Update (2013-11-26)

Here’s what Russel wrote in a comment to this post:

“I just completed building this and have some addendum notes adding more details:

Install the following packages:
sudo apt-get install mpd
sudo apt-get install mpc
sudo apt-get install python-mpd
sudo apt-get install python-pyudev

(below assumes using defaults for /etc/mpd.conf)
sudo mkdir -p /music/usb
sudo ln -s /var/lib/mpd /music/mpd
sudo ln -s /var/lib/mpd/music /music/mp3

Copy the script to /home/pi
nano /home/pi/
Change these in the script or flip the connections in wiring diagram.
LED = 24

Rename a USB stick to “1GB”
Copy 1 MP3 onto the stick
Insert the stick into pi

sudo mount /dev/sda1 /music/usb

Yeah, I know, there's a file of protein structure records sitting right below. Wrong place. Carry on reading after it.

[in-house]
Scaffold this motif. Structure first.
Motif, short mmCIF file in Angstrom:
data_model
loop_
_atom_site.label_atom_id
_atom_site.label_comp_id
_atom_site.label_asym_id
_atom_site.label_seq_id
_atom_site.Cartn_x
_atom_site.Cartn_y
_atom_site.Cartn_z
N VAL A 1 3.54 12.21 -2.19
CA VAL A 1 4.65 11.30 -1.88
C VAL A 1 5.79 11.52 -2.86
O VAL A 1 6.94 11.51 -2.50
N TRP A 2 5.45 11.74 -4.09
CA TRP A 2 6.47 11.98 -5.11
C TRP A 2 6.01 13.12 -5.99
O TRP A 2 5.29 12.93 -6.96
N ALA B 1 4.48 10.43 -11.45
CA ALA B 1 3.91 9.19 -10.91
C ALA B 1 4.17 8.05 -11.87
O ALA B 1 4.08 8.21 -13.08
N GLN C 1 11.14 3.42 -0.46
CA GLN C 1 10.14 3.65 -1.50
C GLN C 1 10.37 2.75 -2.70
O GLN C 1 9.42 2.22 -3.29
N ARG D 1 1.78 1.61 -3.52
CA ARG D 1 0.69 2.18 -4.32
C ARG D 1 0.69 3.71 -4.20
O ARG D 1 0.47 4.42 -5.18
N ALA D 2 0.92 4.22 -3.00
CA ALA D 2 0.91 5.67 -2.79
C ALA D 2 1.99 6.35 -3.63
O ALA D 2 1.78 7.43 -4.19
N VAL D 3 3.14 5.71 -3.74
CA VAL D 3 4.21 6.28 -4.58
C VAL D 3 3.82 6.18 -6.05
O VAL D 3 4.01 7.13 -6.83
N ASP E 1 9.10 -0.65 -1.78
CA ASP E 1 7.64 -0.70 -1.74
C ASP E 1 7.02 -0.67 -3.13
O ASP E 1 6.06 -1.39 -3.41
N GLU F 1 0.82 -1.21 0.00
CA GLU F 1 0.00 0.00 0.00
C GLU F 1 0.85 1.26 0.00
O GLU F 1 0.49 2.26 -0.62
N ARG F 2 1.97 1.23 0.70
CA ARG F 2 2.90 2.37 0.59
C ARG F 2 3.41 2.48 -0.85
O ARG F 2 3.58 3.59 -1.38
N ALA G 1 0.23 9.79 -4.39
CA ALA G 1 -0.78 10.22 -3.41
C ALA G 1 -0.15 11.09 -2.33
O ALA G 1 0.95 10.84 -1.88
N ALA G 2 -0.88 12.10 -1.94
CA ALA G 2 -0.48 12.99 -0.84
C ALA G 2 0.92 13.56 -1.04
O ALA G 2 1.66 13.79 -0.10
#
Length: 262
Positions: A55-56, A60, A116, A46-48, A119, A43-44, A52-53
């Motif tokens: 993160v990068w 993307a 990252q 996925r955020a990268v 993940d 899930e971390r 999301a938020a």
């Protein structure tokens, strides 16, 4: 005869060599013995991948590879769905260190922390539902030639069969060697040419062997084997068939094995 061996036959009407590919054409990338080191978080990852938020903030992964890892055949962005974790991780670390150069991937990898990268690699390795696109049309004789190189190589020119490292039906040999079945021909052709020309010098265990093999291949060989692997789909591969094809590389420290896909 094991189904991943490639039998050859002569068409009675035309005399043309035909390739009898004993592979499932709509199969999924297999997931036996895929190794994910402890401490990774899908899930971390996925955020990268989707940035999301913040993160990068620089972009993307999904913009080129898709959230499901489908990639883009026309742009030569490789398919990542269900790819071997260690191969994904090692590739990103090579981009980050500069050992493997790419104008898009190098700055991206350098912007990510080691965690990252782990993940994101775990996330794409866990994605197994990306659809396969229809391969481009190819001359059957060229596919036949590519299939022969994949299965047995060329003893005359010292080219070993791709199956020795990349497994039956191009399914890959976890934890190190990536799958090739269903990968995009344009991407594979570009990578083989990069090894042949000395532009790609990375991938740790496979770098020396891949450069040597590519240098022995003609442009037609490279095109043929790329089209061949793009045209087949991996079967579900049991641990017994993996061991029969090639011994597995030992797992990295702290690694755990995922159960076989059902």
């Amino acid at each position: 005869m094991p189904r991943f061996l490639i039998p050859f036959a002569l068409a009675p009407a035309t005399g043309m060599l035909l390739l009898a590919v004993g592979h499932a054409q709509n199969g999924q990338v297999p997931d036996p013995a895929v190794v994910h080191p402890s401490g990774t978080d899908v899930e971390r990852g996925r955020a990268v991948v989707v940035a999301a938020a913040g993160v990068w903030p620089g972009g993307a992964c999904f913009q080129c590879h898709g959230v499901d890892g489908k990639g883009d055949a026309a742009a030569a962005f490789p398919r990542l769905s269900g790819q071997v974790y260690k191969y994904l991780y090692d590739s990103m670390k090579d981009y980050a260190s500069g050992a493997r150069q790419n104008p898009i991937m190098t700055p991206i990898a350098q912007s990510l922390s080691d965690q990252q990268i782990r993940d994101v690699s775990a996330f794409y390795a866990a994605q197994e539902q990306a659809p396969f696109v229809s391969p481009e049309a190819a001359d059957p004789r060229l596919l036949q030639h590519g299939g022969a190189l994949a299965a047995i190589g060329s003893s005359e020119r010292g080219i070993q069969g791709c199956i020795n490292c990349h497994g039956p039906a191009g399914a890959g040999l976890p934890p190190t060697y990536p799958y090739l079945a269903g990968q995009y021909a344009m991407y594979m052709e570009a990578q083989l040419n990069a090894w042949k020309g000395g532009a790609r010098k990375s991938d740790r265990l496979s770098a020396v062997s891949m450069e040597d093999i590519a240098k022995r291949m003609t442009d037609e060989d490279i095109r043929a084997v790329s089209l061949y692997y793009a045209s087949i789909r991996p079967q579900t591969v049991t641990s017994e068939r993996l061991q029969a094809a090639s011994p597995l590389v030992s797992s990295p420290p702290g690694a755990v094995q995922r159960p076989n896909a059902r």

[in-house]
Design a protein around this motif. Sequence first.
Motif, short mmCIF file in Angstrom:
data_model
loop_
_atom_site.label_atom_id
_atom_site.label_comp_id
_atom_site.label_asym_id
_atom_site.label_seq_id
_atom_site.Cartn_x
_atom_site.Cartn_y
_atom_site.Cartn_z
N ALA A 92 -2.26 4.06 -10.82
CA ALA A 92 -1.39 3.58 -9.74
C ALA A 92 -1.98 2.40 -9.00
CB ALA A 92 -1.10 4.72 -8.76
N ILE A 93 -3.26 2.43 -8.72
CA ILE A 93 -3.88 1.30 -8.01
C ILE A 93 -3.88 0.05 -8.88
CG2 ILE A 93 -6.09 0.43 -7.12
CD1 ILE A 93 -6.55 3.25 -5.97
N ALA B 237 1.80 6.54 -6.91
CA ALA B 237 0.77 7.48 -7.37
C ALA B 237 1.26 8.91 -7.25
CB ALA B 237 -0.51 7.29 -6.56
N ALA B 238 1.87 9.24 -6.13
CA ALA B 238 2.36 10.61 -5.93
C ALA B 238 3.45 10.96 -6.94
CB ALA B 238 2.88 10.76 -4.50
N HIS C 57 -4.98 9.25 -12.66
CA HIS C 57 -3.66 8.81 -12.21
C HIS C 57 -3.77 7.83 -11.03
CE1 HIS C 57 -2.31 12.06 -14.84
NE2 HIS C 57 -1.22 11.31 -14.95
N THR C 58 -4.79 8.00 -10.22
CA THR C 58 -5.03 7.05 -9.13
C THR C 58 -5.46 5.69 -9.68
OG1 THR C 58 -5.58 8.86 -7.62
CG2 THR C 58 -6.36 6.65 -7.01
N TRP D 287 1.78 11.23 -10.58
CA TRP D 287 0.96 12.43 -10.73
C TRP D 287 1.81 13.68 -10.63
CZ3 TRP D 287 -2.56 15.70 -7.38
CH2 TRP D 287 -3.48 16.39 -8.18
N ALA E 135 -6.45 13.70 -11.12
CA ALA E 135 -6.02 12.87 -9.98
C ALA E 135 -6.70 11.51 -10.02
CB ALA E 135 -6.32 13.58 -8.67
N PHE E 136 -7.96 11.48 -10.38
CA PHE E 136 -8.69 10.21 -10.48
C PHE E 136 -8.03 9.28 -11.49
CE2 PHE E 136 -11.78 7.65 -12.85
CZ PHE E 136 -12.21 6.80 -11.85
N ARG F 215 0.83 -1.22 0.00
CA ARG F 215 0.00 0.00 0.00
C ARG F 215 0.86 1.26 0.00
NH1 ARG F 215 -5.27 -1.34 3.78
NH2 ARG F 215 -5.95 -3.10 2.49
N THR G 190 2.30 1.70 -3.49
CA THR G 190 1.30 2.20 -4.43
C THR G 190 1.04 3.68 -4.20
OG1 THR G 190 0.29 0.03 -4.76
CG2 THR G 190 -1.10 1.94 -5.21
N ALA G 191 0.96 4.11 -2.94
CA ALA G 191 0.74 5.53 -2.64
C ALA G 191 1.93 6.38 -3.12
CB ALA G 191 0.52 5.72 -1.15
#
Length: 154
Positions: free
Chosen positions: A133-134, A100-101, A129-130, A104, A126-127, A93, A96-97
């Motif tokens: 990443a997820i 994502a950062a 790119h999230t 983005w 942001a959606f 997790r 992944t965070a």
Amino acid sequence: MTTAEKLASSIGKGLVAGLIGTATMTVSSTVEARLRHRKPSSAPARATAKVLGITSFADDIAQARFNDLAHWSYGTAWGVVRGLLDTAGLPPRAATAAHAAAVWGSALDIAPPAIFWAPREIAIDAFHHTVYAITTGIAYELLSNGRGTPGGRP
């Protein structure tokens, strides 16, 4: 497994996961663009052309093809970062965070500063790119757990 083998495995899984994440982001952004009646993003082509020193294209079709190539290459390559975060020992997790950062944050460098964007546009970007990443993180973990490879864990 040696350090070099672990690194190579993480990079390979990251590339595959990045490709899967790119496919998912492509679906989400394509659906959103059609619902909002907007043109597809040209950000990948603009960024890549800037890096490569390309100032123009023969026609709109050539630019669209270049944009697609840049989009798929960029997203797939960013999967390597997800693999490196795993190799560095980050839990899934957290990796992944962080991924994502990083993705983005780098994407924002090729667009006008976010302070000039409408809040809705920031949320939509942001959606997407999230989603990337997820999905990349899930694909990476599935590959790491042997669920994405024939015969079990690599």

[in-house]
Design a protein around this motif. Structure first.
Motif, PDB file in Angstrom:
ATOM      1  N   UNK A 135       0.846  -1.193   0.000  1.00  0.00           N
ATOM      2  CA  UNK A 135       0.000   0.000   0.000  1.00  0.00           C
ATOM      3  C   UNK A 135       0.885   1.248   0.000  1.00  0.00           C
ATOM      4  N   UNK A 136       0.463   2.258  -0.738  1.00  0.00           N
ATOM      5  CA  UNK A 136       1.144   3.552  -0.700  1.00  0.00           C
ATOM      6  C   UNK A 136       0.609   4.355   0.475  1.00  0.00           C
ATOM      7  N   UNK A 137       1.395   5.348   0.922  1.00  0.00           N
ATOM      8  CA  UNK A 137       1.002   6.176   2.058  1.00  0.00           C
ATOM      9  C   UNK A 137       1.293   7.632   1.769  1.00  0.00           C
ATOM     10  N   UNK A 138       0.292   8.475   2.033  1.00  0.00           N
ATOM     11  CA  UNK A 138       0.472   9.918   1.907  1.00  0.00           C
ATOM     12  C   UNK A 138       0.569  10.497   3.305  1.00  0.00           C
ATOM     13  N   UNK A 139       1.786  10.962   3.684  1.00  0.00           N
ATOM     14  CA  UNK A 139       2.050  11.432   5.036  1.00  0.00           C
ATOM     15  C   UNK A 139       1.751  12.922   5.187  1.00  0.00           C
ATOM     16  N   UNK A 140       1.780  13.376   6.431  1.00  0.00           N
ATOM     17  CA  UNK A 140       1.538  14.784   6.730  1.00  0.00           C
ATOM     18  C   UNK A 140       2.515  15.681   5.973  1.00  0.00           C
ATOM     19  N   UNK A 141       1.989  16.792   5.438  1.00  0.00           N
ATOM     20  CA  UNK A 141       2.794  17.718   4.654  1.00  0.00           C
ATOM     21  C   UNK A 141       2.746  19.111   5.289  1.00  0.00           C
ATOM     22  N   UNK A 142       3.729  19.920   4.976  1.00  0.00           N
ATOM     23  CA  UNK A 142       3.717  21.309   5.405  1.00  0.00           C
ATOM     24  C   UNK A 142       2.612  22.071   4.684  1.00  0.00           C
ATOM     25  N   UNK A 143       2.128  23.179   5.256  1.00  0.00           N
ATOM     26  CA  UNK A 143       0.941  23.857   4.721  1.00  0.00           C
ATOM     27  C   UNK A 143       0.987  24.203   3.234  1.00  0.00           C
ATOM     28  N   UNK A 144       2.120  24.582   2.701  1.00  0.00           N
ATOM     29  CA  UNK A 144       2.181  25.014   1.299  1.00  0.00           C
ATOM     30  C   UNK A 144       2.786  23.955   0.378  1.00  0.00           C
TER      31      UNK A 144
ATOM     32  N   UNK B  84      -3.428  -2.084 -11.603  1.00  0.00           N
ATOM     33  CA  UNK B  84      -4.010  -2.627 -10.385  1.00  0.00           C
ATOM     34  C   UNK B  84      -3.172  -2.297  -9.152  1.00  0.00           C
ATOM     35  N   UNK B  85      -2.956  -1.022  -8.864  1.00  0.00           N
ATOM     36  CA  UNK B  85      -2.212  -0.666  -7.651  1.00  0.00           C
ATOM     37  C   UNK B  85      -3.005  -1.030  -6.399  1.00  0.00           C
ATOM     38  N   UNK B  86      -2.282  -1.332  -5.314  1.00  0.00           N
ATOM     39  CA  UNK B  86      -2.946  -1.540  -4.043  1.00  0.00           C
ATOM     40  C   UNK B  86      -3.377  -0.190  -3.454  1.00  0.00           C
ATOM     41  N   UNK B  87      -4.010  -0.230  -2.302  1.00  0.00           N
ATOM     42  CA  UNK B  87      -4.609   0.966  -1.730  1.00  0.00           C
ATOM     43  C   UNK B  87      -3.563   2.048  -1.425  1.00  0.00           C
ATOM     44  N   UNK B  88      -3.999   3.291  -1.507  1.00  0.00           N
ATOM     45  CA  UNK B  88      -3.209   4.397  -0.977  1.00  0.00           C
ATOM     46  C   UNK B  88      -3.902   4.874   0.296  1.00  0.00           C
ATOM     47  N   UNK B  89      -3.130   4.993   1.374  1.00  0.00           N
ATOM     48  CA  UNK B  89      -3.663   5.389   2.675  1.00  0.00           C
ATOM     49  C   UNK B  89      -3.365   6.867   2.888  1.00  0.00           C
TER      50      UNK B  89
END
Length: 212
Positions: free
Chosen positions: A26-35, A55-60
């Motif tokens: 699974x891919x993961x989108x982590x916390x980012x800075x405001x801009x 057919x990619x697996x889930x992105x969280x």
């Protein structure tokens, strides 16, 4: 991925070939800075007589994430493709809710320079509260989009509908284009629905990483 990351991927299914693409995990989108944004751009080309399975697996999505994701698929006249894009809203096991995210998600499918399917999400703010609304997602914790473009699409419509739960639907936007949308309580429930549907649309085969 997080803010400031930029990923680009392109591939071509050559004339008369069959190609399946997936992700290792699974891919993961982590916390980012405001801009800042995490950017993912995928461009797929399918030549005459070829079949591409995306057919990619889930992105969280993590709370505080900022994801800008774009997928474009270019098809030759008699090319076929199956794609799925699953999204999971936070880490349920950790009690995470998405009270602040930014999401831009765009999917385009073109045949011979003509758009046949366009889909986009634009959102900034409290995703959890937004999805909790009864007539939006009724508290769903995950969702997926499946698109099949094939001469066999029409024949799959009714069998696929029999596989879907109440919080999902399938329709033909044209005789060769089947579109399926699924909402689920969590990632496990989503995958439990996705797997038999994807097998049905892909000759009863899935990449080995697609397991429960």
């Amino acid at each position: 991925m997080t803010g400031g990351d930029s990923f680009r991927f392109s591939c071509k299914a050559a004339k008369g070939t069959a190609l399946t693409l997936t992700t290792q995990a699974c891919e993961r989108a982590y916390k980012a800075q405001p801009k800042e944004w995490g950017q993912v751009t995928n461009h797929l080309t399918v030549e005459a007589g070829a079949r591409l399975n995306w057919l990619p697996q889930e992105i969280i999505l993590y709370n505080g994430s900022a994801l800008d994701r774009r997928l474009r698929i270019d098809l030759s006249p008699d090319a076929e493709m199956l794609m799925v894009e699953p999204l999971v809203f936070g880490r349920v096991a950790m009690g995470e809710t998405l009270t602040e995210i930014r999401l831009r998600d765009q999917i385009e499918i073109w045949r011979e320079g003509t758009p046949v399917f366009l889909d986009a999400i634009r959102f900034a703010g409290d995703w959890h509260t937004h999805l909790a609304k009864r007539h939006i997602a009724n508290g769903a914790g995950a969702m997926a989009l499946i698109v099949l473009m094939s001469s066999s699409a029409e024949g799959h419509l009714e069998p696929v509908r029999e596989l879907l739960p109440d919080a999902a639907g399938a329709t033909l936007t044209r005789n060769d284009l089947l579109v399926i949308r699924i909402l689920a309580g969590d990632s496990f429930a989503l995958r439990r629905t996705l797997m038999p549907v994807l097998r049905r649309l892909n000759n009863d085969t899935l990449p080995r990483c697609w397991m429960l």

sudo /etc/init.d/mpd stop
sudo rm /music/mp3/*
sudo cp /music/usb/* /music/mp3/
sudo umount /music/usb
Remove the USB stick

sudo rm /music/mpd/tag_cache
sudo /etc/init.d/mpd start
mpc clear
mpc ls
mpc ls | mpc add
sudo /etc/init.d/mpd restart
mpc play

Plug in earphones
You should hear audio
Next try the python script:
sudo python /home/pi/
Insert USB stick
the LED should flash and the USB file copy to /music/mp3/
the LED should flash again. Remove the Stick and LED flashes again.
Press button to start playing
Press button again to stop
Press & hold button to rewind to beginning.

sudo crontab -e
Add following line run at startup
@reboot python /home/pi/ &
sudo reboot
Then retest again to be sure all is well.”







Planned: Cat lift

I plan to build this cat lift, so my parents don’t have to pull up the cat basket manually all the time. The problems here are, that it has to be very quiet and should also be hardly visible from the outside when not in use: